Remains identified as Aucklander Cissy Chen

DISCOVERY: Police examined the site where human bones were found in Totaravale Reserve, North Shore, Auckland.
DISCOVERY: Police examined the site where human bones were found in Totaravale Reserve, North Shore, Auckland.

The human remains discovered in a North Shore reserve have been identified as missing Auckland woman Cissy Chen.

Police confirmed today the bones found in a drain at Totaravale Reserve on Monday last week were those of the missing woman.

Detective Inspector Bruce Scott said her death was still being treated as a homicide, but declined to comment on the cause of death. Chen, a 44-year-old accountant, disappeared after leaving her Torbay home on November 5, 2012.

Extensive police searches failed to find any trace of her at the time of her disappearance.

Police launched a homicide inquiry, Operation Waiau, two weeks after the initial searches.

Scott, who heads the inquiry, said the discovery of Chen’s body was a significant breakthrough in the investigation.

‘‘The area that Cissy’s body has been found in was well known to both Cissy and her partner,’’ he said. 

Chen and her partner, Yun ‘‘Jack’’ Qing Liu, lived about 10 kilometres from the reserve and regularly walked around the neighbourhood.

Her family were understandably upset, but pleased that her body had been found, Scott said.

‘‘There’s obviously the disappointment for them that she has been confirmed as dead. They’d always hoped that something not untoward had happened to her.’’

 Chen’s brothers plan to fly to Auckland from China.

‘‘Now that they’ve got her back, they’ve got something to grieve over.’’

Chen was last seen leaving work at a small business in Glenfield.

She made phone calls to family in China from her Waiau St home where she lived with Liu.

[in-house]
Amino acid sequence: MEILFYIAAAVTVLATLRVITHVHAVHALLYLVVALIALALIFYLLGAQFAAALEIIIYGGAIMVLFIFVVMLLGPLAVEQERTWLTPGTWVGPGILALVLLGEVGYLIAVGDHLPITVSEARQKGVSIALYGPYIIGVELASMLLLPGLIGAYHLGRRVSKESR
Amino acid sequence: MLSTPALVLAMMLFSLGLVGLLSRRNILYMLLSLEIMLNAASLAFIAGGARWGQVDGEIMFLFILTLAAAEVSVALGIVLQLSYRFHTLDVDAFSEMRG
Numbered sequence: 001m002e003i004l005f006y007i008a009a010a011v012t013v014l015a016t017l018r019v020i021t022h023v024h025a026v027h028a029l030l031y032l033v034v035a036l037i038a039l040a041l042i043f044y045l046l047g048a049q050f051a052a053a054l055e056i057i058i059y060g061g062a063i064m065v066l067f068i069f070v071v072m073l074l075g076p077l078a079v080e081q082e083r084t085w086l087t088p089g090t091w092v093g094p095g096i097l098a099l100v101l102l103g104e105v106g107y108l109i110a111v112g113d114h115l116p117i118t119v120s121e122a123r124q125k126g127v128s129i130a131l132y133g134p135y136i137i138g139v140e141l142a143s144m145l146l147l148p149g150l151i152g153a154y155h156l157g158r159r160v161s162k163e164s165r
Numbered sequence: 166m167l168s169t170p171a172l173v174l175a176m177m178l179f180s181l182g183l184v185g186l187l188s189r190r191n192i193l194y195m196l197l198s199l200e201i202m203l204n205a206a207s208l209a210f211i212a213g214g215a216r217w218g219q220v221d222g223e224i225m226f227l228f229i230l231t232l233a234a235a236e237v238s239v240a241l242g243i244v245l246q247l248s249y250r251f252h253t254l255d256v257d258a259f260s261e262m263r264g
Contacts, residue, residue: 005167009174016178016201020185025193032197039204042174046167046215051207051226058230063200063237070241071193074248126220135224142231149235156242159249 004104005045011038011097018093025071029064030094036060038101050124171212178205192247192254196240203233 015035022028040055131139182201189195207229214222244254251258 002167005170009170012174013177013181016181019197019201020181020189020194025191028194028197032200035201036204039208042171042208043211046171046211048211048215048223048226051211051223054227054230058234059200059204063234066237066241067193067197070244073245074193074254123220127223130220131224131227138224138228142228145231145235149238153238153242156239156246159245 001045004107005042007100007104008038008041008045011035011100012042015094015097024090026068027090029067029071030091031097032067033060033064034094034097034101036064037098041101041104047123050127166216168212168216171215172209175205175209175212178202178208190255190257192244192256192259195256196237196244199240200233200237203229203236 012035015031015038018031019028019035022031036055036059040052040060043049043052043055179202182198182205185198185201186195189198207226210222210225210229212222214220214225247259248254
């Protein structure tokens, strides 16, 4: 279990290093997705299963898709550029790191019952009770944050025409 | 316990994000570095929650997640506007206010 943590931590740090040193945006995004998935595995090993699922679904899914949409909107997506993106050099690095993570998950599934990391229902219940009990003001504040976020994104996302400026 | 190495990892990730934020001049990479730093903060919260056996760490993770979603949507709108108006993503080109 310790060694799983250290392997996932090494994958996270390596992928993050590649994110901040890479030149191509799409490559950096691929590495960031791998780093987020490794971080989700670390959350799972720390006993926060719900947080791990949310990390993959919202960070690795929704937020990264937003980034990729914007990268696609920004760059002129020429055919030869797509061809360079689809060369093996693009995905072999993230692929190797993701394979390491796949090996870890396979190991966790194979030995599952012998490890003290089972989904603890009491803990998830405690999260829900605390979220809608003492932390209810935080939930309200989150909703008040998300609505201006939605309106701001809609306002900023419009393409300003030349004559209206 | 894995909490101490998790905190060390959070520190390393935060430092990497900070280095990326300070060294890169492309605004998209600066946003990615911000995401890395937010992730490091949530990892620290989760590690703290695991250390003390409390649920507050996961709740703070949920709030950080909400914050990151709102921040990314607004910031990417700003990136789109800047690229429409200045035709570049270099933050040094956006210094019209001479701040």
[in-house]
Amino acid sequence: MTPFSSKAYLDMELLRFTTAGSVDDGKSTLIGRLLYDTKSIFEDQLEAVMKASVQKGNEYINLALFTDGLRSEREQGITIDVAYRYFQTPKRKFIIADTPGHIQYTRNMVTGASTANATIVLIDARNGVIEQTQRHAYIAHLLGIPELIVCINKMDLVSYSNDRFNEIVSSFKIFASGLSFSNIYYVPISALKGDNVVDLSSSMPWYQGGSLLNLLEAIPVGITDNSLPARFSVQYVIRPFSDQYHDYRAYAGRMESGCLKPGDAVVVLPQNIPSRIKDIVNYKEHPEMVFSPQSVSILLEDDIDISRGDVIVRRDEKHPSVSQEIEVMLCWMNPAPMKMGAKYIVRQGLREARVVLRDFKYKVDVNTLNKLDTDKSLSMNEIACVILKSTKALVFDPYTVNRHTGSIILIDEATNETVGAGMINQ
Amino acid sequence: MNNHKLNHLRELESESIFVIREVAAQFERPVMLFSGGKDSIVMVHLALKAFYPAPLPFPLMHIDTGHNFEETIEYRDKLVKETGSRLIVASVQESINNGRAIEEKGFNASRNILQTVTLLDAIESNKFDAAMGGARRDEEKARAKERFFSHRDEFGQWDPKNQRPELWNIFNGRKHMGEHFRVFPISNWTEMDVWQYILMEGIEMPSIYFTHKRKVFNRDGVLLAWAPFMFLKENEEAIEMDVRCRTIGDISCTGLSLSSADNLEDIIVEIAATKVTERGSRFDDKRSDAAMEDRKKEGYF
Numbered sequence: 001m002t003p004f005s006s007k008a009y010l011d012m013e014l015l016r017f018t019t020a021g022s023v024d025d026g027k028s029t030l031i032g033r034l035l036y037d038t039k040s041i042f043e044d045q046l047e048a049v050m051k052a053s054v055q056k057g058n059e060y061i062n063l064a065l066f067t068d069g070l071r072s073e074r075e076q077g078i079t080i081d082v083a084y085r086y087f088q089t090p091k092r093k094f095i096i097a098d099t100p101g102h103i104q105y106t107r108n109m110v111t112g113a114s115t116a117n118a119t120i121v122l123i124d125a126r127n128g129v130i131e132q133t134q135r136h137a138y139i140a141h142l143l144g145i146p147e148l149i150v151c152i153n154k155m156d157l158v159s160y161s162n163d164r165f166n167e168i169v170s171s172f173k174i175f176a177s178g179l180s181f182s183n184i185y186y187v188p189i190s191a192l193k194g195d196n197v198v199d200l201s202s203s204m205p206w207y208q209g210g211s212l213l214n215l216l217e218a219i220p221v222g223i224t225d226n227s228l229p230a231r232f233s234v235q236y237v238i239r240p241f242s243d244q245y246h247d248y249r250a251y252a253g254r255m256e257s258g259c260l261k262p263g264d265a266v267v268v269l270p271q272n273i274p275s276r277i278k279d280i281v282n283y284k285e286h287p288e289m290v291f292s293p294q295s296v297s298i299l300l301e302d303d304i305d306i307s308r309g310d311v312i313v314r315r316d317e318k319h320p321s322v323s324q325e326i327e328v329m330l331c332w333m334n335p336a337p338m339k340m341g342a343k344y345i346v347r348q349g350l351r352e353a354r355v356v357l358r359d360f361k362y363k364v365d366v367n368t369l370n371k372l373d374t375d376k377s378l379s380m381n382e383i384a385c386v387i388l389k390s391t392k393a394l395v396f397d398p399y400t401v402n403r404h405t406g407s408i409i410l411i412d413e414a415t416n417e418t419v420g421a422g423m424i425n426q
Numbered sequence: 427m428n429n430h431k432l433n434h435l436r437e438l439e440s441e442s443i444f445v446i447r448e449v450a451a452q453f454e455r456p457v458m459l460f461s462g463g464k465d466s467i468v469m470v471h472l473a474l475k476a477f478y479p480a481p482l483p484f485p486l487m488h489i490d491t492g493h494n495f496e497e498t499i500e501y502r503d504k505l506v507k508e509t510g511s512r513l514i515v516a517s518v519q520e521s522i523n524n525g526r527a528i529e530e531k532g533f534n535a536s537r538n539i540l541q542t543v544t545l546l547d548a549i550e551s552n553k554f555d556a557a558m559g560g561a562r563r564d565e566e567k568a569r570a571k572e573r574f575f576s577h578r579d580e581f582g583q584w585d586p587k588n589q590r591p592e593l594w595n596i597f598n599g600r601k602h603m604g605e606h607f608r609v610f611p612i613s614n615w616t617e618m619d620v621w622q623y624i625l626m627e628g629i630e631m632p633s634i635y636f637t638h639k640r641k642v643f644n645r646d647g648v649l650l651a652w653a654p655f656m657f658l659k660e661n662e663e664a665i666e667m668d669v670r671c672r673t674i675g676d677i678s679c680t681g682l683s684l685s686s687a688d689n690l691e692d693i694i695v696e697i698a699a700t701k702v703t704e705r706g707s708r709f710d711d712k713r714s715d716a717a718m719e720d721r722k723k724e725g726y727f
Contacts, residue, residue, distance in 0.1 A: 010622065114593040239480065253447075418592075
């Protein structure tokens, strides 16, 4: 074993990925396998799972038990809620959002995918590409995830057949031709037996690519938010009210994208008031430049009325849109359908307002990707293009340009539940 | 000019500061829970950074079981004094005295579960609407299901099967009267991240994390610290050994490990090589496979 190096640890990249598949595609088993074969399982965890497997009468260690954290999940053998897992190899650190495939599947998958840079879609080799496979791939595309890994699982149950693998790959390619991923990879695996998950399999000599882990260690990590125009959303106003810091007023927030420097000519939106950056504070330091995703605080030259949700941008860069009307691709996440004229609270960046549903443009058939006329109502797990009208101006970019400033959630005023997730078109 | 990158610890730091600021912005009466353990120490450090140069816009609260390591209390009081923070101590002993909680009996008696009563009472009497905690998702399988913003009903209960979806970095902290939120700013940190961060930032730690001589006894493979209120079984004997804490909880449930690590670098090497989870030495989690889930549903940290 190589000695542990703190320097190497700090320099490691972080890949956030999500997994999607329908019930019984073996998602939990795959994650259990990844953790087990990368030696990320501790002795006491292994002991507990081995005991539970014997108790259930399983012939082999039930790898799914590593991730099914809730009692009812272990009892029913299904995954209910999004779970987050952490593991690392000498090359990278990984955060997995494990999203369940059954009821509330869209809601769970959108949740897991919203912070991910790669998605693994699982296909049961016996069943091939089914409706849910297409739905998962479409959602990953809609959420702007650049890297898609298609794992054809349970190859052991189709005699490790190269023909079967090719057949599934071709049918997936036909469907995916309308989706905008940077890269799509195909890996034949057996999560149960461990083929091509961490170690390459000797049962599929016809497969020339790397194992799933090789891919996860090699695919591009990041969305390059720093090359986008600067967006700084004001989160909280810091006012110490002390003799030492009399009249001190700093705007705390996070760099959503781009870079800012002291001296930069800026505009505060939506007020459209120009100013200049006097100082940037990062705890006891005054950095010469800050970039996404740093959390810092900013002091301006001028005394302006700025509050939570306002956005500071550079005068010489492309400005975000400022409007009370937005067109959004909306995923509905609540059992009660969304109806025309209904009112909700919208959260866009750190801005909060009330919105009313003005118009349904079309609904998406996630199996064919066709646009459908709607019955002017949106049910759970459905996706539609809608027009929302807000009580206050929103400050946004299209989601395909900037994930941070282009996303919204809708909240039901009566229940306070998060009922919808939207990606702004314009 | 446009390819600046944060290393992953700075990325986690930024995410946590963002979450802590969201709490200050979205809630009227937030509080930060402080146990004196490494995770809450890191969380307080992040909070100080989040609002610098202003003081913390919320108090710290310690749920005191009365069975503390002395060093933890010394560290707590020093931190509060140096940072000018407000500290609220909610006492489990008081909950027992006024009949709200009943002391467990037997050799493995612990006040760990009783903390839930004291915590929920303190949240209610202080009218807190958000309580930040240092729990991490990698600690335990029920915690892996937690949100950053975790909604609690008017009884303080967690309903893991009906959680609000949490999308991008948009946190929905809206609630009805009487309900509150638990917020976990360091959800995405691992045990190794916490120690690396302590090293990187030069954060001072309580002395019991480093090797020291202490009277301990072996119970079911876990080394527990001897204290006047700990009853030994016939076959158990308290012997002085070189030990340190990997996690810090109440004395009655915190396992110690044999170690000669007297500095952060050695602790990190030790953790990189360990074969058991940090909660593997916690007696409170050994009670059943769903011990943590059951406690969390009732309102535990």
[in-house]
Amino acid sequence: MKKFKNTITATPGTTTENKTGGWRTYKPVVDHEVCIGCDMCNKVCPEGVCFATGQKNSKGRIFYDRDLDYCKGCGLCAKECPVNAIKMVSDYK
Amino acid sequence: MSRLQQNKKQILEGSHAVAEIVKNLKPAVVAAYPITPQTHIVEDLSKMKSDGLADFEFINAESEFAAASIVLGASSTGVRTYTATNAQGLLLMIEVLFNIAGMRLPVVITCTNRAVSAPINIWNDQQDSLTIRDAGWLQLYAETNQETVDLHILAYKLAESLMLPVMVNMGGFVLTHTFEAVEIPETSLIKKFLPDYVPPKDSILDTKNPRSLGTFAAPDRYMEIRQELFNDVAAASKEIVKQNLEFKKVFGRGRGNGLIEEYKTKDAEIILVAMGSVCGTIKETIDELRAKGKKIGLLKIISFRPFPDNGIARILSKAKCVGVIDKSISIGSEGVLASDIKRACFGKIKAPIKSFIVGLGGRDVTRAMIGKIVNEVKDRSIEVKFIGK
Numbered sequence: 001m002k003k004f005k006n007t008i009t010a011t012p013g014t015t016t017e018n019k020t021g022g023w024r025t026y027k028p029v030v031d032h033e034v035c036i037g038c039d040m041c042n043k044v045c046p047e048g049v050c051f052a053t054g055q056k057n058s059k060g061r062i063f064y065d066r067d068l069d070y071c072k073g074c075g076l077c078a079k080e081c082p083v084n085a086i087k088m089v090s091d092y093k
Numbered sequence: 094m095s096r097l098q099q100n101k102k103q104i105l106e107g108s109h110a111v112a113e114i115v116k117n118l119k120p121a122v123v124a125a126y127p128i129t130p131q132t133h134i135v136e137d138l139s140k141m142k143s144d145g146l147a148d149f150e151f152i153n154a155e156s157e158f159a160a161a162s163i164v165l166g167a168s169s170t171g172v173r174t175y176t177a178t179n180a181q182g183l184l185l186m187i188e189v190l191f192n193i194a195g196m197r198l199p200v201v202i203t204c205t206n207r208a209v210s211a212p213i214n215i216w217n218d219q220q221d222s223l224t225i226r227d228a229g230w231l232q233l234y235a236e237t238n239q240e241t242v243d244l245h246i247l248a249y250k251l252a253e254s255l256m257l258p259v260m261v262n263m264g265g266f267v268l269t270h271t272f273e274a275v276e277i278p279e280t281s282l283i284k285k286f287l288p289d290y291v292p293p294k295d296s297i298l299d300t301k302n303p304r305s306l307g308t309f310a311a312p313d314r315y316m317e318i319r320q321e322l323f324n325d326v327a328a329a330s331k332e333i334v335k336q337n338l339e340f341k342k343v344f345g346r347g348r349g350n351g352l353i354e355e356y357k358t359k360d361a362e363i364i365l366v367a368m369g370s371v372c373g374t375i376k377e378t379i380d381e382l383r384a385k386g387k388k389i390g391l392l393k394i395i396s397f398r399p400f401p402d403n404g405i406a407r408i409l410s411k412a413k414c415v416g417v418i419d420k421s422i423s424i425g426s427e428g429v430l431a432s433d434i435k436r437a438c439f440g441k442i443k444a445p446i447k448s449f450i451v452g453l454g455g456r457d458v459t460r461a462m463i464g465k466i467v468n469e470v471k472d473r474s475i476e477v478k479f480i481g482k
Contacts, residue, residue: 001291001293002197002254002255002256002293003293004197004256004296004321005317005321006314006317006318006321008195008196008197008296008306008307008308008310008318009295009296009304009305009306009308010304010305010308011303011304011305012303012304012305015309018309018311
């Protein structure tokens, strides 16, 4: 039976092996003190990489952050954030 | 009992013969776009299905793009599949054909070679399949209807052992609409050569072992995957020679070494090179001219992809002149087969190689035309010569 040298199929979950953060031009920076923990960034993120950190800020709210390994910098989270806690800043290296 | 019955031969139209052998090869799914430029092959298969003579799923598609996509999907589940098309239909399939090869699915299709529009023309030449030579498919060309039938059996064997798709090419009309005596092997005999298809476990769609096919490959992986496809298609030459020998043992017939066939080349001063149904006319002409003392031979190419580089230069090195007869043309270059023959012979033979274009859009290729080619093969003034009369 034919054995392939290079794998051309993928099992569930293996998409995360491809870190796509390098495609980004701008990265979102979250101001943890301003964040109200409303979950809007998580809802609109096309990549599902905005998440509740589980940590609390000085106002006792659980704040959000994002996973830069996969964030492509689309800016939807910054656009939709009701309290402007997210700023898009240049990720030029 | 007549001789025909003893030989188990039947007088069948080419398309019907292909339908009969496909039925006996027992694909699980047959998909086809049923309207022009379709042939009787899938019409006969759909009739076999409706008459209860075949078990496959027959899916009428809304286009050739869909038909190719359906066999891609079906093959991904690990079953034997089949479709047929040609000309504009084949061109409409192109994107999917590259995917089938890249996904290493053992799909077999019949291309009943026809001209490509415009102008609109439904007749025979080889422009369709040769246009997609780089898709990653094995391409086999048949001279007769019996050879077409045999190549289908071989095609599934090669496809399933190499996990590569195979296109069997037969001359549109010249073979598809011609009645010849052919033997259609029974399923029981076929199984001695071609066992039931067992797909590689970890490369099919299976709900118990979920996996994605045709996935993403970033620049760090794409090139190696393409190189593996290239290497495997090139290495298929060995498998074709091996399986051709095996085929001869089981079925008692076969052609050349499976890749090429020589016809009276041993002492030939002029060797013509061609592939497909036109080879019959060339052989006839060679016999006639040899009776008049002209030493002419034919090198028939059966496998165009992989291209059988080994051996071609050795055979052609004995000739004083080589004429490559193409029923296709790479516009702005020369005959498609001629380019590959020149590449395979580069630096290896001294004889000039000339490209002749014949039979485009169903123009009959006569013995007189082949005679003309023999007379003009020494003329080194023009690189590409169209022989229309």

He reported her missing about 9.30pm and told police she had not returned from a regular walk along Long Bay Beach.

Police believe she died on the day she went missing.

‘‘I can’t say how she died, but we are still treating it as a homicide,’’ Scott said.

Police are appealing for anyone who may have seen Chen or anything suspicious between 4.30pm and 9.30pm on Guy Fawkes night 2012 to come forward.

Twelve police are working on Operation Waiau.

A lawn-mowing contractor discovered the remains in a drain in the Glenfield reserve.

Further investigation by a specialist police search team resulted in more bones being found.

Police are now speaking to both current and former residents of the area.

Chen’s brothers, Philip and Peter, visited from China shortly after her disappearance.

Older brother Philip told media then how desperate the family was for news of her.

‘‘It’s in our Chinese culture to have the person, dead or alive, to be home for peace of mind,’’ he said.

‘‘Otherwise we will never feel this is the end of one’s life.’’ 

Her family wrote a heartfelt plea for help on the anniversary of her death last year.

‘‘In the past year, our hearts have hurt over and over whenever we think about Cissy.’’

 Anyone with information should call Operation Waiau team on 0800 024 779 or anonymously to Crimestoppers on 0800 555 111.

Fairfax Media